The bullion roses were a new technique that we learned in class. I started with two yellow bullion stitches in the center, and then used a variegated pink to create the outer petals with overlapping bullion stitches. The buds were created using just two or three bullions. The calyxes were also made of bullion knots, using green pearl. I filled in the space with a few French knots. Be sure that you are wrapping the thread around the needle more times than you need to fill the space, so that it creates a curved stitch that will nestle around the previous stitches. And using a milliner's needle (size 1, 3, or 5) will make these knots SO much easier and more enjoyable!! It is much easier to pull this needle through all the wraps on the needle because the entire shaft is the same width. Ask me how I learned NOT to try these knots with a chenille needle... For a tutorial on making a bullion rose, click here or here.

The remaining space was filled in with lavender. I love lavender, and I know that I have taken photos of it in the past, but unfortunately, I couldn't locate any of them to share. To stitch it, I filled the area with small feather stitches using green wool thread, and then I just randomly made the lavender French knots throughout the section. Lavender is a great filler, both in a dirty garden and a stitched one! The stitched lavender does miss that wonderful aroma, though.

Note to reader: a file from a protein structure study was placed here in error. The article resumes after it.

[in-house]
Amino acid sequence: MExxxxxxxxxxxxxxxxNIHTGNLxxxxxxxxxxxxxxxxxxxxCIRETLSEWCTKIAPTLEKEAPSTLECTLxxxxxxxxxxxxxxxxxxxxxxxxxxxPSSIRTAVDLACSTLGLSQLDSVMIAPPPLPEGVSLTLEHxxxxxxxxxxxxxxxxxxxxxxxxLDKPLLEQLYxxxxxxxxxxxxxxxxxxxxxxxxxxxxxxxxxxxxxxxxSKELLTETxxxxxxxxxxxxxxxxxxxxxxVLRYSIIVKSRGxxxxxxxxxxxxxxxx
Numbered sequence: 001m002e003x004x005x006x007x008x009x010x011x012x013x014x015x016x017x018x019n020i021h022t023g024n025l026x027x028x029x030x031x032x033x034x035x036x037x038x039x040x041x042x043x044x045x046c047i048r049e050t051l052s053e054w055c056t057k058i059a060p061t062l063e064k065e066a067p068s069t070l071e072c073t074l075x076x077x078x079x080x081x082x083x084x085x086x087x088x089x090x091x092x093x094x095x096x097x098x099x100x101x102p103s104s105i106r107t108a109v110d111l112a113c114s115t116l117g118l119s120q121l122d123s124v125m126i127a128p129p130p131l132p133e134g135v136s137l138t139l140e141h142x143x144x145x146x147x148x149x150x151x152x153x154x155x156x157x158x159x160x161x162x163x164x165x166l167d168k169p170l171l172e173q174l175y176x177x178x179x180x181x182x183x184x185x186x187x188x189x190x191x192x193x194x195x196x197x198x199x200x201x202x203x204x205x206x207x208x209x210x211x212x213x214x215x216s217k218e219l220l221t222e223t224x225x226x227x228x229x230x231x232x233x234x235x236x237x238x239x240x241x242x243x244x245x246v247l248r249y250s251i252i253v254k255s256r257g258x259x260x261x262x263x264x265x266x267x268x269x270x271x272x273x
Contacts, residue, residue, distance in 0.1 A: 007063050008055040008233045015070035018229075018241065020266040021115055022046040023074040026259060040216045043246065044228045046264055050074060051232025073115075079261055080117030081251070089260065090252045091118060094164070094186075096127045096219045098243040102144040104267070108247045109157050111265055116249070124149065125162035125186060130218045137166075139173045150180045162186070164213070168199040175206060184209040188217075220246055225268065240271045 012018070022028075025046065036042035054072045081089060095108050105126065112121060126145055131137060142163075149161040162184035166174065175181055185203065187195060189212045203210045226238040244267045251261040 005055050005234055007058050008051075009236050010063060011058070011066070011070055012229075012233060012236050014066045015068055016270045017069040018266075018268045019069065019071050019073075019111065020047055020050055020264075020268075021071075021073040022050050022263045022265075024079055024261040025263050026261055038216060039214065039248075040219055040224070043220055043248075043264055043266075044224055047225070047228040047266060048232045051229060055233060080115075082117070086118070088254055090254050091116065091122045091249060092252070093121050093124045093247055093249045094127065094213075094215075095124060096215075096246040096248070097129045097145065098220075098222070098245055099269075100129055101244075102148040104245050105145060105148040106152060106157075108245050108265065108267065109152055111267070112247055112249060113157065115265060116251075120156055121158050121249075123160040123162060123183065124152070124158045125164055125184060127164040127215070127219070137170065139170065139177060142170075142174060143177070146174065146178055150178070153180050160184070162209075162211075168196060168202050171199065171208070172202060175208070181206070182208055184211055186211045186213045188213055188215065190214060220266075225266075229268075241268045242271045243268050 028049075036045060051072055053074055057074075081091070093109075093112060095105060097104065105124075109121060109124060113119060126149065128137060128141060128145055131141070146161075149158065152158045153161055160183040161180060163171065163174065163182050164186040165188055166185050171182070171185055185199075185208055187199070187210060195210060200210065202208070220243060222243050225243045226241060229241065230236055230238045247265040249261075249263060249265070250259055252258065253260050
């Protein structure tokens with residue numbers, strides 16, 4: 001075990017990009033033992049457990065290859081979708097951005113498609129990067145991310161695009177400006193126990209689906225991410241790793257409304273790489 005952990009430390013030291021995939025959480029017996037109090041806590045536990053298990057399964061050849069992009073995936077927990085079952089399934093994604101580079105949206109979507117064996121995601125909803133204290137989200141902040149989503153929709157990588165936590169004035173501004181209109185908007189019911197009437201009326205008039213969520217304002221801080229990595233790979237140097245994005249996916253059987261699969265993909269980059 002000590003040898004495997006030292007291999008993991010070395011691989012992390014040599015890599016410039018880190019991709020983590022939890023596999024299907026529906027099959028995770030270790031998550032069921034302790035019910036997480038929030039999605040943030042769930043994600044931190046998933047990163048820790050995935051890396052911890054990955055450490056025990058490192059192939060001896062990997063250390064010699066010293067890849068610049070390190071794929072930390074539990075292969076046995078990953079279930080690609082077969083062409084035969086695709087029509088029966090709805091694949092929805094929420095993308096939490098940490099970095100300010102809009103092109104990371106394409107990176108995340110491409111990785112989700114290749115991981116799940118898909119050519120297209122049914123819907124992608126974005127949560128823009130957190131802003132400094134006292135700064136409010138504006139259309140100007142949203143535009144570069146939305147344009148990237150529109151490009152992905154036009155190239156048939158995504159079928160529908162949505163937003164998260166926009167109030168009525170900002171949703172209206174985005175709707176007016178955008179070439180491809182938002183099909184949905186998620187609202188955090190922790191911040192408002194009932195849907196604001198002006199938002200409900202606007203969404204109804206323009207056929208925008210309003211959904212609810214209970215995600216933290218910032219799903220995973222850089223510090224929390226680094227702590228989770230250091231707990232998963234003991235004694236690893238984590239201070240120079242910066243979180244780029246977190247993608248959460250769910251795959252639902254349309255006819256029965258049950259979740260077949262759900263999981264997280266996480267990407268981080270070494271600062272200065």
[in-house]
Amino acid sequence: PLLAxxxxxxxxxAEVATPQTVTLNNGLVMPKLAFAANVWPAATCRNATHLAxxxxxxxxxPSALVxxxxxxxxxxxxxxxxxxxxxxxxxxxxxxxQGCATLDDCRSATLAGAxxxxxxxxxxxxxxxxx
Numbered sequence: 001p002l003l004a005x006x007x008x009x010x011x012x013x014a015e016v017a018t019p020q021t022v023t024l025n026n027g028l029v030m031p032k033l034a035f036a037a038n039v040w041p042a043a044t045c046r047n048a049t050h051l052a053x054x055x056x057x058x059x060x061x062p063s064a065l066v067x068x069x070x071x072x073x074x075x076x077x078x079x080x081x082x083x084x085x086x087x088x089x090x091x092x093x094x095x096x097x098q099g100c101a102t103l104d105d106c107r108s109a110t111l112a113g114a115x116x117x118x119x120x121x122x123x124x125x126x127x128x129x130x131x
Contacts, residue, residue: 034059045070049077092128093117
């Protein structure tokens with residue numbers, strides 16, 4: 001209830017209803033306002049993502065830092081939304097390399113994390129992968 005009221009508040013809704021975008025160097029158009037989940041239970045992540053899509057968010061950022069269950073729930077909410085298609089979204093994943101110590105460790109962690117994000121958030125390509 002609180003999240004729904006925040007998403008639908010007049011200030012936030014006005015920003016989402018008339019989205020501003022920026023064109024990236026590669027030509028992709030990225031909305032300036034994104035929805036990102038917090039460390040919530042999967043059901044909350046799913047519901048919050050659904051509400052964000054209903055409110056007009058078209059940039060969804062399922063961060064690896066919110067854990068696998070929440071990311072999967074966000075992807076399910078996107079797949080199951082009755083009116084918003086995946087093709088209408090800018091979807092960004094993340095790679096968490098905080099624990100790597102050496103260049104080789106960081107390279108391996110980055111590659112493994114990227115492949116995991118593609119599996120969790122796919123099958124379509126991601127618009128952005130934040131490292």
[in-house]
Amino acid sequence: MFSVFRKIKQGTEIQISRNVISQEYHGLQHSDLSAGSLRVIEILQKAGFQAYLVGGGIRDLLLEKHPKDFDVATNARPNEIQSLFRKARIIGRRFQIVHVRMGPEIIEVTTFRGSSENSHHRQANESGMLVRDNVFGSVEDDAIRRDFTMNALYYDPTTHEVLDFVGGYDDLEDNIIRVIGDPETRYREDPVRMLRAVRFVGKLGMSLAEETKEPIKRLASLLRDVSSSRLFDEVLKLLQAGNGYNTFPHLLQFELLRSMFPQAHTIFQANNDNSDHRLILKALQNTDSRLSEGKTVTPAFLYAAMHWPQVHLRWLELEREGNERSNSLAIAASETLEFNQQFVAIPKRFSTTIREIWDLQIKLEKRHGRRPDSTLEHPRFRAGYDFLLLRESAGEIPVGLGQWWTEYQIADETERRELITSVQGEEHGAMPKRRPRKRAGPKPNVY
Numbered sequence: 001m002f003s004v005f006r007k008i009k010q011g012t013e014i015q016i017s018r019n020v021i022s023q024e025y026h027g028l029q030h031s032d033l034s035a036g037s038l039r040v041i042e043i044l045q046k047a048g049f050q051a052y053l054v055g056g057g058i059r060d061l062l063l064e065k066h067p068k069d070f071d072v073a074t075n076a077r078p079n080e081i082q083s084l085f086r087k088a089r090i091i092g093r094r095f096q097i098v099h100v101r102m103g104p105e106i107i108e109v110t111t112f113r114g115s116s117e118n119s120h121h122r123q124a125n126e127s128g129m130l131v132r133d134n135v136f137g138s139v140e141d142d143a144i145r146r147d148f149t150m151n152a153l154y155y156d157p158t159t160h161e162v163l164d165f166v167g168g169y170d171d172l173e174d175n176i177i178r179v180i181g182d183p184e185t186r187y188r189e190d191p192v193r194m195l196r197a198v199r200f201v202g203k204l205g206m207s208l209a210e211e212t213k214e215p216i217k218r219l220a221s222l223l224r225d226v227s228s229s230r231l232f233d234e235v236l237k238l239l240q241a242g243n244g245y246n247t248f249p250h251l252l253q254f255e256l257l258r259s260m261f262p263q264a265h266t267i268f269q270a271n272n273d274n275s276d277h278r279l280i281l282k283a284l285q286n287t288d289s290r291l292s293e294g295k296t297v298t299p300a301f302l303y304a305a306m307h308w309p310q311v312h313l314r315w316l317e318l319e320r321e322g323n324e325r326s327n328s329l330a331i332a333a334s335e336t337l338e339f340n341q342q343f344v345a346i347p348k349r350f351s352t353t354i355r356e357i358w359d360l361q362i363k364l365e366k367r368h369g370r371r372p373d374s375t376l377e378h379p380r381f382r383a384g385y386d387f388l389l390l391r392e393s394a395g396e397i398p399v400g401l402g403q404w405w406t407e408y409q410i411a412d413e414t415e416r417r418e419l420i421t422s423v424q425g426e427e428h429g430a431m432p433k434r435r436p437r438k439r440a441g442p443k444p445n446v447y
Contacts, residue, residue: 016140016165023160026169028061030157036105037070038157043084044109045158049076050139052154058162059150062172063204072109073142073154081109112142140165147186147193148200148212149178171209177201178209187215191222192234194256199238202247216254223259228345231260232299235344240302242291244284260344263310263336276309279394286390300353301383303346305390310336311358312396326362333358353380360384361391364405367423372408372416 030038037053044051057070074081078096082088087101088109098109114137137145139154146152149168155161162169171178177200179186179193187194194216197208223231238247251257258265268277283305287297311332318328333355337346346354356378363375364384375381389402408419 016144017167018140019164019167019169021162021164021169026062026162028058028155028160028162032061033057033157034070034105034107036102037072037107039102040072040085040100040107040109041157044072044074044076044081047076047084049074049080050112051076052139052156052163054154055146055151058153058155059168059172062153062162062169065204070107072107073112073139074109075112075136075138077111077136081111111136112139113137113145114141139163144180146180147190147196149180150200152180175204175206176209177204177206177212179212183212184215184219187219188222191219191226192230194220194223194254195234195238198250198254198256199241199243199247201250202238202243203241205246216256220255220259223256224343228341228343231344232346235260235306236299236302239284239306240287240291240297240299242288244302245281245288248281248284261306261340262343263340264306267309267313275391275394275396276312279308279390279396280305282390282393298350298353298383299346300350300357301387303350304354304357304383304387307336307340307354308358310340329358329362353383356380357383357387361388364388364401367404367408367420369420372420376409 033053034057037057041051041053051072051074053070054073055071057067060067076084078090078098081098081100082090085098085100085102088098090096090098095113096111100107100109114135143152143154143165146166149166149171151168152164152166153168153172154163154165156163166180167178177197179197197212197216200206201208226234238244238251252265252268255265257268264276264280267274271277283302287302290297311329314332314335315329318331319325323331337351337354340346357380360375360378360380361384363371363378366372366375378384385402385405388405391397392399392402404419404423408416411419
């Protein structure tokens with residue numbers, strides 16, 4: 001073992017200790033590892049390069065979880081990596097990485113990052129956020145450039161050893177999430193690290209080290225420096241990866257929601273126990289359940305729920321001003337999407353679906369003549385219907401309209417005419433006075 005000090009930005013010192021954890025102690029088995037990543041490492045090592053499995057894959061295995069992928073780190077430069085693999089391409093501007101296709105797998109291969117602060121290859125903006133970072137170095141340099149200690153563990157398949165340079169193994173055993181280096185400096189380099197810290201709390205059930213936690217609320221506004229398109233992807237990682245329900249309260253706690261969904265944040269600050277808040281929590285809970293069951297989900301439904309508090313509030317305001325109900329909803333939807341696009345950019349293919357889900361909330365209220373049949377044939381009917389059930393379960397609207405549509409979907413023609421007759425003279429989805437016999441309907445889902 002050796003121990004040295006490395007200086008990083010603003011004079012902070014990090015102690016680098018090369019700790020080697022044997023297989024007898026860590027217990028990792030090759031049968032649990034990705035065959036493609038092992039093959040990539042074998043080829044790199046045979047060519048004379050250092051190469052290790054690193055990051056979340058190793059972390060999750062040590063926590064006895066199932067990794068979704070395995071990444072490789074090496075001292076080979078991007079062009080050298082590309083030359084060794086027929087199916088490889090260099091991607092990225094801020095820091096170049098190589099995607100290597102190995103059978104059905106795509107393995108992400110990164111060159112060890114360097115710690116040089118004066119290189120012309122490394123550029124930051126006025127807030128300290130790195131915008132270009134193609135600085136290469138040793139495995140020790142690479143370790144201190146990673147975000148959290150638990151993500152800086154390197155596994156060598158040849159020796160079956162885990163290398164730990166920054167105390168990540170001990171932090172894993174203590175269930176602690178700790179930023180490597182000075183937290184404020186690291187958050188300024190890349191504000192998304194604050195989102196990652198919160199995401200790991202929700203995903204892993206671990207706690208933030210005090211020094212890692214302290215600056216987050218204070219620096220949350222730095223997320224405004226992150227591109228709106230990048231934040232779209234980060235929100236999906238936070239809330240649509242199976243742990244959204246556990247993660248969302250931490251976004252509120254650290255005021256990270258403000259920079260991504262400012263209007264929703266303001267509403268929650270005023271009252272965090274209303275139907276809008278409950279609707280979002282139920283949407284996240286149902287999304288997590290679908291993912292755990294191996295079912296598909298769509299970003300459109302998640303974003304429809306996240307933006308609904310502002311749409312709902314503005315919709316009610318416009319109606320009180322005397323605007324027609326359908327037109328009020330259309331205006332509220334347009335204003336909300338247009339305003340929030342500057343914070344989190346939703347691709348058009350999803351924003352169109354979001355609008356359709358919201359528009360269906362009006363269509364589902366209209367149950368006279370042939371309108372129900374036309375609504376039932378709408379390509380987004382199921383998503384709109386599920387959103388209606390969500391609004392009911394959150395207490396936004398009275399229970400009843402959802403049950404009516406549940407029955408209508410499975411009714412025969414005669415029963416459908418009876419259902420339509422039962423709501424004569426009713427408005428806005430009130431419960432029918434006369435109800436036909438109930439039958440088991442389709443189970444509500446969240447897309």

The wheelbarrow was finished, but my birdhouse needed a bird. I decided to add some yellow and make a goldfinch. He flew down and perched on the tire before going into his house. To stitch him, I outlined the body with an outline stitch and filled it with yellow stem stitches and straight stitches. I followed a photo I had taken to add the black and white wings and the black top of his head. A French knot with a small white stitch formed his twinkling eye. I used a pale orange floss to make his beak and claws. I think he's pretty cute!

One of the hardest things for me to learn when we started embroidering blooms with a variety of ribbons and threads is that there is likely to be a fair amount of variation. If I absolutely HATE the way a wonky stitch makes me feel when I look at it, I un-stitch. But more often than not, I keep stitching, and when the piece is finished, what looked horrid to me at first becomes hardly noticeable—even to me. I have spent a lot of time in gardens taking pictures of flowers, and I have come to realize that few of them are perfect. Well, they ARE perfect—in their imperfection! The petals are not all the same size or shape, bugs eat holes in some of them, the wind blows some away. While there are times that I redo a flower or two, especially when I am experimenting, a lot of times, I surprise myself and find that what I first considered a mistake just added some realistic charm to my garden. 

If you have ever taken a class with us, you know that we love to discuss the organic nature of our flower-stitching. I saw this plaque yesterday while I was shopping and thought it a perfect mantra. Remember: 

Stitching is supposed to be fun! Enjoy the organic nature of your garden.

Our Wheelbarrow of Flowers pattern is now available on our website, along with the other blocks in the series. As always, the hard copy of the pattern includes the ribbon needed to make the block. Next month, we will be creating a top border for our quilt, and we will discuss assembling the In the Garden quilt. We are almost finished!

Wheelbarrow of Flowers

To read more about our other blocks in the series, click on the links below.

We would love to see you In the Garden!